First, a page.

Additionally, if a person has a permanent physical disability, they may apply to automatically receive absentee ballots in all future elections. If a person moves to a new address, they must reapply to automatically receive absentee ballots.
At least one-half of all voter registration locations offered by an election authority must be accessible to people with disabilities and offer interpreter services for people who have a hearing impairment.
A person cannot vote if they have been adjudged incapacitated, involuntarily confined to a mental institution by a court, or been placed by a court under guardianship for mental incapacity.Source (confirmed on: 2016-06-01)
Mo. Stat. § 115.277(1)(2) (absentee ballot eligibility) [link]
Mo. Const. art. VIII, § 2 (incapacitated) [link]
Mo. Stat. § 115.436 (curbside voting and polling places) [link]
Mo. Stat. § 115.140 (voter registration site accessibility) [link]
Mo. Stat. § 115.159(3)(3)(b) (first-time voter exemption) [link]
Mo. Stat. § 115.133(2) (incapacitated) [link]
Mo. Stat. § 115.291(1) (notarization exemption) [link]
Mo. Stat. § 115.284 (permanent physical disabilities) [link]
Does the state provide mail ballots to all voters without a request?
Does the state have early voting/absentee in-person voting?
Voters have no right to early voting or in-person absentee voting in Missouri. A voter who is eligible to vote by absentee ballot may apply for one in person at the local election authority's office, and similarly, a voter may cast their absentee ballot itself in person at the office. However, after receiving an an absentee ballot application, the election authority has up to 3 working days to deliver the voter an absentee ballot, and the election authority may choose whether to send the voter the ballot by mail or give it to the voter in their office at the time the voter applies. Thus, absentee in-person voting is only available if (1) a voter eligible to vote absentee applies for an absentee ballot in person at the election authority's office, and (2) the election authority then chooses to immediately give the voter their absentee ballot in the office.
(For further details on absentee voting, including eligibility requirements, see the Absentee Voting by Mail section below.)Source (confirmed on: 2016-06-01)
Can anyone vote absentee by mail without an excuse? If not, what excuses allow a voter to vote absentee by mail?
No. A voter may vote using an absentee ballot only if they cannot vote at the polling place on Election Day because of one of the following reasoins:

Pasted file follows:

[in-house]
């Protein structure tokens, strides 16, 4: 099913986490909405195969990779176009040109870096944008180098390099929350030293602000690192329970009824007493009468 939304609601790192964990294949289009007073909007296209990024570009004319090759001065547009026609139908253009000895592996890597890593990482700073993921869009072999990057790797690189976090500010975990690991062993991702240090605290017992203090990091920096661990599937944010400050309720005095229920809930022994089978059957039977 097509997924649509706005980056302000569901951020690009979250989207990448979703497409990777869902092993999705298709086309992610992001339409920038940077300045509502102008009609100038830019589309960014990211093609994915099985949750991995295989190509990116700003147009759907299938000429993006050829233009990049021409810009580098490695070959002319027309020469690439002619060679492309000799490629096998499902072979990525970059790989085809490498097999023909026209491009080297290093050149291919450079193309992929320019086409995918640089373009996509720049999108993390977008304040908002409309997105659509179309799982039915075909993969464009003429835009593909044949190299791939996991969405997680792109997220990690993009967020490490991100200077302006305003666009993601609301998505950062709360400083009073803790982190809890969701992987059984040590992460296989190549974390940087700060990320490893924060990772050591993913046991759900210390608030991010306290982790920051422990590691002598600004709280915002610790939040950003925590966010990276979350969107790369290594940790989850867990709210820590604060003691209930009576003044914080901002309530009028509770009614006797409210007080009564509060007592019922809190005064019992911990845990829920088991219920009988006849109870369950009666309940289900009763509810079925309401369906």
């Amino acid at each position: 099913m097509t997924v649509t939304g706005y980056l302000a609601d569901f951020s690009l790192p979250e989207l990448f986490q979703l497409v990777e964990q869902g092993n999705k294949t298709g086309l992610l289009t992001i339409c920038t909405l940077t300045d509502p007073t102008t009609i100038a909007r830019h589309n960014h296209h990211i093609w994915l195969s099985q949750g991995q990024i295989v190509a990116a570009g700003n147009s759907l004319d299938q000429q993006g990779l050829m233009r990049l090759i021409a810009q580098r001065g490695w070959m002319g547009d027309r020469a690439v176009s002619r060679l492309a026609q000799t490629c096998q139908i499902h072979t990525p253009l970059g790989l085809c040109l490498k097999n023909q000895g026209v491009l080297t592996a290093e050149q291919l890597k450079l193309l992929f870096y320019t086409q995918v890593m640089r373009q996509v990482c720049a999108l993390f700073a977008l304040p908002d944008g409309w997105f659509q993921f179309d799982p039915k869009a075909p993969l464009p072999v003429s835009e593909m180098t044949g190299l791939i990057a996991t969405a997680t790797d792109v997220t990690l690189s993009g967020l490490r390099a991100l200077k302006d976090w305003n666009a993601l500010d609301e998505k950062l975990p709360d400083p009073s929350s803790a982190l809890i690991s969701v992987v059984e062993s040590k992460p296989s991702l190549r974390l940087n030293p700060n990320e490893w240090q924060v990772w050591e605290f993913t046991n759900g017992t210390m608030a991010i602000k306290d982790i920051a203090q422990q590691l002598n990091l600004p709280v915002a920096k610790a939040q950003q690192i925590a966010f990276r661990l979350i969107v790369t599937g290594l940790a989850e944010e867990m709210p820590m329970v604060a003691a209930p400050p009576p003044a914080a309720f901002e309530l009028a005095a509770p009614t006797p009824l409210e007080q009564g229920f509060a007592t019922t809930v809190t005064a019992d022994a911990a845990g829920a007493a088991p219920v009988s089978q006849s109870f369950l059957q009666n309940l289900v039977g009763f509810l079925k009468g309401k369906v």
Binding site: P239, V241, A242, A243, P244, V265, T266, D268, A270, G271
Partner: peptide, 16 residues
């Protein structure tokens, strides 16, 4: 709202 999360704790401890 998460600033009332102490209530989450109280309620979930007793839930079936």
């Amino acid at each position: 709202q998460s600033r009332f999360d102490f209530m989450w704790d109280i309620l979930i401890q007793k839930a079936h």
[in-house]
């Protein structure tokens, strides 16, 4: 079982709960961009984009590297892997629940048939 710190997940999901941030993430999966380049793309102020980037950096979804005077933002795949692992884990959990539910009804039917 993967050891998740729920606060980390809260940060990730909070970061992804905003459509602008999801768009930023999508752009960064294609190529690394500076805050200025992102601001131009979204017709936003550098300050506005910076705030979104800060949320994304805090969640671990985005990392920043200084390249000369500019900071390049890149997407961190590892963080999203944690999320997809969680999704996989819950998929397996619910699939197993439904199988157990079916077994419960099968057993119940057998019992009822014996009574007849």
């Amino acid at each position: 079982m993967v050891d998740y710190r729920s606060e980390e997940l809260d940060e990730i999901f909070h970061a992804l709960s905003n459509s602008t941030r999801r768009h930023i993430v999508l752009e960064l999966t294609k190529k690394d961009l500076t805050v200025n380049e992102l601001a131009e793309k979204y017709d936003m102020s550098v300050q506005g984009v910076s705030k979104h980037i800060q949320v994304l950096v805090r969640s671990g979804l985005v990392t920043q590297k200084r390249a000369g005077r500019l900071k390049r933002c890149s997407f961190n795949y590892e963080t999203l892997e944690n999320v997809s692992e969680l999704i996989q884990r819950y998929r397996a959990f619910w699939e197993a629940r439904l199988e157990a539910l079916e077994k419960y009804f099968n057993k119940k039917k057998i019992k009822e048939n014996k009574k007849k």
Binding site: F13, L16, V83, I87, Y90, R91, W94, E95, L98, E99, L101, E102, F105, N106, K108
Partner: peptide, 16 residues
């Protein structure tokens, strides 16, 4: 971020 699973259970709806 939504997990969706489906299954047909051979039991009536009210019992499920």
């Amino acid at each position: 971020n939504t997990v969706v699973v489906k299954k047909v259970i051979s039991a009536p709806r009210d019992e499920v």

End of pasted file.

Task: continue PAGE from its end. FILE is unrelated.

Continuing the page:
Additionally, the following voters are also eligible to vote an absentee ballot:
Deadline to apply for absentee ballot by mail
For most voters, the following deadlines apply:
However, different deadlines apply to voters who are applying for an absentee ballot because they moved to a new address:
How does a voter apply for an absentee mail ballot?
Voters must submit to their local election authority an absentee ballot application. The application can be downloaded by clicking here and is available at local election authority offices.
Additionally, voters who have a permanent physical disability may apply to automatically receive absentee ballots in all future elections. A different application process is required, and voters should contact their local election authority to apply.
Most voters may submit their application by mail, by fax (if the election authority's office has a working fax machine), or in person at the local election authority's office. Most voters may also give their application to a guardian or relative, who must then deliver the application to the local election authority's office in person on the voter's behalf.
However, the following voters may apply for an absentee ballot only by personally going to the local election authority's office to apply (mail, fax, or delivery by a guardian or relative is not allowed):
Can a voter make an online request for an absentee mail ballot?
Does a voter need to submit any supporting documentation or verification with an absentee mail ballot or absentee mail ballot application? If so, what is required?
An absentee ballot is sent with an affidavit that must be signed by the voter and notarized by the election official receiving the ballot, a notary public, or another officer authorized by law to administer oaths.
However, this requirement does not apply to the following voters:
Are there restrictions on who may request or turn in an absentee mail ballot application for a voter?